Montag, 1. September 2008

Thoughts about fair trade - part two

One month of blogging about Fair Trade Fashion has passed and I enjoyed it a lot. I've found many interesting labels which I will introduce this month; more "Made in Berlin" posts are coming too. I was also thinking about adding "background check" posts about high street brands but this is a difficult topic. These companies don't own factories in India, Bangladesh or China but they contract out their production to manufacturers in these and other countries. International human rights groups have exposed that many of these overseas manufacturers violate labor rights.

This practice also means that high street brands (who may have a code of ethics and who may perform factory inspections) can claim that they didn't know that their sub-contractor ran a sweatshop. "In complex global supply chains, often several parties - including suppliers, buyers and governments - contribute to the poor working conditions experienced by workers. Of these, it is the fashion brands and retailers who take the most profit and have the most power in the supply chain, and who therefore bear the primary responsibility for working conditions." (quoted from "Let's clean up fashion 2007 Update" from the war on want website)

However we can also weigh in by choosing to buy from fair trade fashion labels and thus supporting companies who pay a decent wage to their workers. Of course, in an ideal world, every item of clothing should be made under fair conditions and no-one should have to worry whether their T-shirt was sewn by a slave laborer or whether the cotton it is made of was picked by a kid. If you want to support the clean clothes movement just check out and will lead you to their national branches. Here you can also read individual profiles of several brands like Adidas, Fila, G-star, Nike, Puma, Reebok and Walmart.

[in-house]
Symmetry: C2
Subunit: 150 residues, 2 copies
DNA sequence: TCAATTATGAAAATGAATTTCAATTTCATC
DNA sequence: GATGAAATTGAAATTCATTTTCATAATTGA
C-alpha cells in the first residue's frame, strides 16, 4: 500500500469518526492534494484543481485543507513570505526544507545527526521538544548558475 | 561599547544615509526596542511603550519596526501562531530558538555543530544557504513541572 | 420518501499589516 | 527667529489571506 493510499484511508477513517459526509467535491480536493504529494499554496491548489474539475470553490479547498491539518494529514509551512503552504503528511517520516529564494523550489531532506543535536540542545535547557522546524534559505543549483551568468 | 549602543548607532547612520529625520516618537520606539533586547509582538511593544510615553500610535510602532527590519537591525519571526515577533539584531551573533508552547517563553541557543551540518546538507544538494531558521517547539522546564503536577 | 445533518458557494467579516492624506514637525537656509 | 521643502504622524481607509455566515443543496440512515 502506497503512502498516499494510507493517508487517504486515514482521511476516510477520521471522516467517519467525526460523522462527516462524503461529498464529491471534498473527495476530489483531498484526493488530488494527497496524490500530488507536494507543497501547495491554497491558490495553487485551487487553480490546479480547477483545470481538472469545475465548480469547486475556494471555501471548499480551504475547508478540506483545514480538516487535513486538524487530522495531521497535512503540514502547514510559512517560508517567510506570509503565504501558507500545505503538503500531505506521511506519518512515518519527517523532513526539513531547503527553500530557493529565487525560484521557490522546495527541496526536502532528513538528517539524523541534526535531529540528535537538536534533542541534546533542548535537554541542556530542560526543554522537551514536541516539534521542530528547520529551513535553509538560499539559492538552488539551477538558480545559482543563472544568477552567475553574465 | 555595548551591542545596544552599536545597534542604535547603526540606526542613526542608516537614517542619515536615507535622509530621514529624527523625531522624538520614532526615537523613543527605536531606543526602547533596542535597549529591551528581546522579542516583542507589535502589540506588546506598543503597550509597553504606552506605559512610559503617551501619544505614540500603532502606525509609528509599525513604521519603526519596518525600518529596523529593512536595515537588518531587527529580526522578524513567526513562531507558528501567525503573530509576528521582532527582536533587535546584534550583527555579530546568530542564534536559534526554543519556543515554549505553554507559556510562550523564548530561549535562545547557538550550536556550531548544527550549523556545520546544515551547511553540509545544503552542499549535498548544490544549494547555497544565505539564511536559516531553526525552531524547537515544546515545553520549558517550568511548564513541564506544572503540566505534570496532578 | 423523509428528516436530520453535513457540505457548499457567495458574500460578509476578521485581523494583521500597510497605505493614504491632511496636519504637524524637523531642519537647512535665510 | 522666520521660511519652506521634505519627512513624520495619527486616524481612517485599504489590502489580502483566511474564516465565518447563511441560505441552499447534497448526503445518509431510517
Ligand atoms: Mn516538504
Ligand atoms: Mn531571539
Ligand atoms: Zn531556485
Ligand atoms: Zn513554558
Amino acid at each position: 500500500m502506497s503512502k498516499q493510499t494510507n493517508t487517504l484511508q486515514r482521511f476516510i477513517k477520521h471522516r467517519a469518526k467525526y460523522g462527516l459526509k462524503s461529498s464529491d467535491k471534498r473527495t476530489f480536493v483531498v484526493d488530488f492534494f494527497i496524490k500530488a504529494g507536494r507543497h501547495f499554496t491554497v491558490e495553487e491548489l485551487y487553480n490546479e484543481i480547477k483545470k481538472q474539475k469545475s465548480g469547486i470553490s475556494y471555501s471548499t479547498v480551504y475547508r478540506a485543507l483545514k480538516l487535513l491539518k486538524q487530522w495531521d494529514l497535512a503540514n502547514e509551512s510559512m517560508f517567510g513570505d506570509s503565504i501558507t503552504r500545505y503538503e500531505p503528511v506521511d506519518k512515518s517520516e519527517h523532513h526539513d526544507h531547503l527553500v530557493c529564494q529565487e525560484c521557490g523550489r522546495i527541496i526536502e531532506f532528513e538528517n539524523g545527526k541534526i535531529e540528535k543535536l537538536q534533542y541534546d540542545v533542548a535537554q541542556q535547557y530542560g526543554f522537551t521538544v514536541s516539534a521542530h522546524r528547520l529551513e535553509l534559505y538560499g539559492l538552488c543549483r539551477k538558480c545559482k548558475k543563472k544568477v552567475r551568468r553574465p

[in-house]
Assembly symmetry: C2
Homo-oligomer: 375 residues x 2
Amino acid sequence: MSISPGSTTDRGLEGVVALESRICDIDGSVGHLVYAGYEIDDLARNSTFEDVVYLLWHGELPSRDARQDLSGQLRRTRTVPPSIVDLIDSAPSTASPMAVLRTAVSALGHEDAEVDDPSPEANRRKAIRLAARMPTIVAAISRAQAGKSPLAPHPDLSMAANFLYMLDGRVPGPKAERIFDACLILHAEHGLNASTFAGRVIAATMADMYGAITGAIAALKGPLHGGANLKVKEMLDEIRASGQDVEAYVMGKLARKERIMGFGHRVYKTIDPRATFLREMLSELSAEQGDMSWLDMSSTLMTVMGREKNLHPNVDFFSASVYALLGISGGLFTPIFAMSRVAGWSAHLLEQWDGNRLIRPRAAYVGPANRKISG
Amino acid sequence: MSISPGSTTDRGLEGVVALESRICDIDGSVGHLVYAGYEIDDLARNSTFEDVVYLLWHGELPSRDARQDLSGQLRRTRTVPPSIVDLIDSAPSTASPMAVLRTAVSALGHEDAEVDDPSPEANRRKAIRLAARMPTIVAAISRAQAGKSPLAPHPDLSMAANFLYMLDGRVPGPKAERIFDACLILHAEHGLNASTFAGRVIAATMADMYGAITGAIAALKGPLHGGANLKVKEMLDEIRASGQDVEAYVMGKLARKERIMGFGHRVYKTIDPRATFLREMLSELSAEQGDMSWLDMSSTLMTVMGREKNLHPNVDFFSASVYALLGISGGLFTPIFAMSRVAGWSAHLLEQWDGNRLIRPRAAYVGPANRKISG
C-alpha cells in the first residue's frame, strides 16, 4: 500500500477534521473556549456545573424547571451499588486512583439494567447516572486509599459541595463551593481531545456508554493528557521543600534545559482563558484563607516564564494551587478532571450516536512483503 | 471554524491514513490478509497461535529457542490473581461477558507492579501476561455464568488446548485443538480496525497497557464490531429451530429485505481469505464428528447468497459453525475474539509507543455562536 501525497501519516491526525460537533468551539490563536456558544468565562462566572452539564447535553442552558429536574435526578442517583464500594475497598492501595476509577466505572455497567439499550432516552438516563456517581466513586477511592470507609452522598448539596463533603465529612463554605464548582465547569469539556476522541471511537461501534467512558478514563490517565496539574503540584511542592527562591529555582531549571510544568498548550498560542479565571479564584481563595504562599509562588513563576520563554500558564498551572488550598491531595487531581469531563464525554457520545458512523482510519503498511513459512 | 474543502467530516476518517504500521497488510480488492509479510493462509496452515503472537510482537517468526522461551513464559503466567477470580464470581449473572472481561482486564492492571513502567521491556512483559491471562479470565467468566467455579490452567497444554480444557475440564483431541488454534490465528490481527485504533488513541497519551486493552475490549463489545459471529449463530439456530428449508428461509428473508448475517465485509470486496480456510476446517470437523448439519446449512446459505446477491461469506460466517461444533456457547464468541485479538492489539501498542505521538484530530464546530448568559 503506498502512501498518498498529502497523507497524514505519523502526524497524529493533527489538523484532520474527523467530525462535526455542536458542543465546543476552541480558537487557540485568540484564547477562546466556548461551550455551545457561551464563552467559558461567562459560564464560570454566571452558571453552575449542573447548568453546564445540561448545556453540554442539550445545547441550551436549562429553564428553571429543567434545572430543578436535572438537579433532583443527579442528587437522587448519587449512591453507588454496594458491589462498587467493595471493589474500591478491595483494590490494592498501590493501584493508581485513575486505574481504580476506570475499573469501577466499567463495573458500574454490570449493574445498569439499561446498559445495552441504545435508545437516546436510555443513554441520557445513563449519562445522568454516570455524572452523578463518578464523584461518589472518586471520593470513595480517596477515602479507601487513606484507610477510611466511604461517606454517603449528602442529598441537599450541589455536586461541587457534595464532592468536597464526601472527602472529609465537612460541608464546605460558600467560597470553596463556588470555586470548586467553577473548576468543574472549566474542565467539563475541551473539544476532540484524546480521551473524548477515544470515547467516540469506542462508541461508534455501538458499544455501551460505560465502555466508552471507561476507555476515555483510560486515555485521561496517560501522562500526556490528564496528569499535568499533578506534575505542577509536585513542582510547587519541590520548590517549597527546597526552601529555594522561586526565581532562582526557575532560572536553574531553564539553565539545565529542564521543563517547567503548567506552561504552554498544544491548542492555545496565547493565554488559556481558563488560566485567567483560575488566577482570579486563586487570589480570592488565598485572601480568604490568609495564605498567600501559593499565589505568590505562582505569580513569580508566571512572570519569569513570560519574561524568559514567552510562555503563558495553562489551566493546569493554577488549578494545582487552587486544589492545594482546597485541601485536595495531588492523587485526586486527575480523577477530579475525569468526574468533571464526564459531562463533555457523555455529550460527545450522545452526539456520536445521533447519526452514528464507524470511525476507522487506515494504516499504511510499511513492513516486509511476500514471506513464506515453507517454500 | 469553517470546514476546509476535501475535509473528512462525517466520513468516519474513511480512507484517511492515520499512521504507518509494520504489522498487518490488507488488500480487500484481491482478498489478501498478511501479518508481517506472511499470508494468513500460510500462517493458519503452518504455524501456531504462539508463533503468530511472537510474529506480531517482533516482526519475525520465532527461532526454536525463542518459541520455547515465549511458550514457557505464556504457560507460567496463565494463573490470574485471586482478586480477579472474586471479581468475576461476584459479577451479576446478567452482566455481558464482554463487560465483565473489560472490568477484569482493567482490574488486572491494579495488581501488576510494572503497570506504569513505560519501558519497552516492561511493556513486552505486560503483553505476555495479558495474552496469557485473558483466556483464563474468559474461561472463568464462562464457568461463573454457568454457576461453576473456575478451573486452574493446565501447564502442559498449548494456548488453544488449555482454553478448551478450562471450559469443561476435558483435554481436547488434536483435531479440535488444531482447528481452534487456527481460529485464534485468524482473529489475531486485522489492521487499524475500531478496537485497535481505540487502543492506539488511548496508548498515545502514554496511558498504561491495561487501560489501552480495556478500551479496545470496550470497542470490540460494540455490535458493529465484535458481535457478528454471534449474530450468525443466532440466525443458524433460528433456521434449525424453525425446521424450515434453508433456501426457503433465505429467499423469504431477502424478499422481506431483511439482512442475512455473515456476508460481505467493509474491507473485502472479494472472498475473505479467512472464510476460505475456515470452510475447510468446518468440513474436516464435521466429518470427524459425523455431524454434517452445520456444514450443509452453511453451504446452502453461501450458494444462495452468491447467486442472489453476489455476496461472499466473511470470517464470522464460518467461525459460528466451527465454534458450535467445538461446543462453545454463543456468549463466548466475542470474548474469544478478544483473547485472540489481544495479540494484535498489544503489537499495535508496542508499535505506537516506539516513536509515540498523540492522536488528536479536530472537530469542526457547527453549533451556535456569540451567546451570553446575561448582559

1 Kommentar:

Quail hat gesagt…

Great series of blogs on Fairtrade. For my ethical clothing label, Quail By Mail, I chose to import cotton which I totally know the eco/ethical provenance of and have even invented a term for it: "Product Provenance" and customers can read exactly how their dress, top or skirt came to exist.

I think it is fascinating doing things properly but also those reading my Product Provenance will understand how supply chains work--there are a lot of people involved!!! And all need to be treated fairly and the environment treated with respect.


Shauna Chapman
Founder, Quail By Mail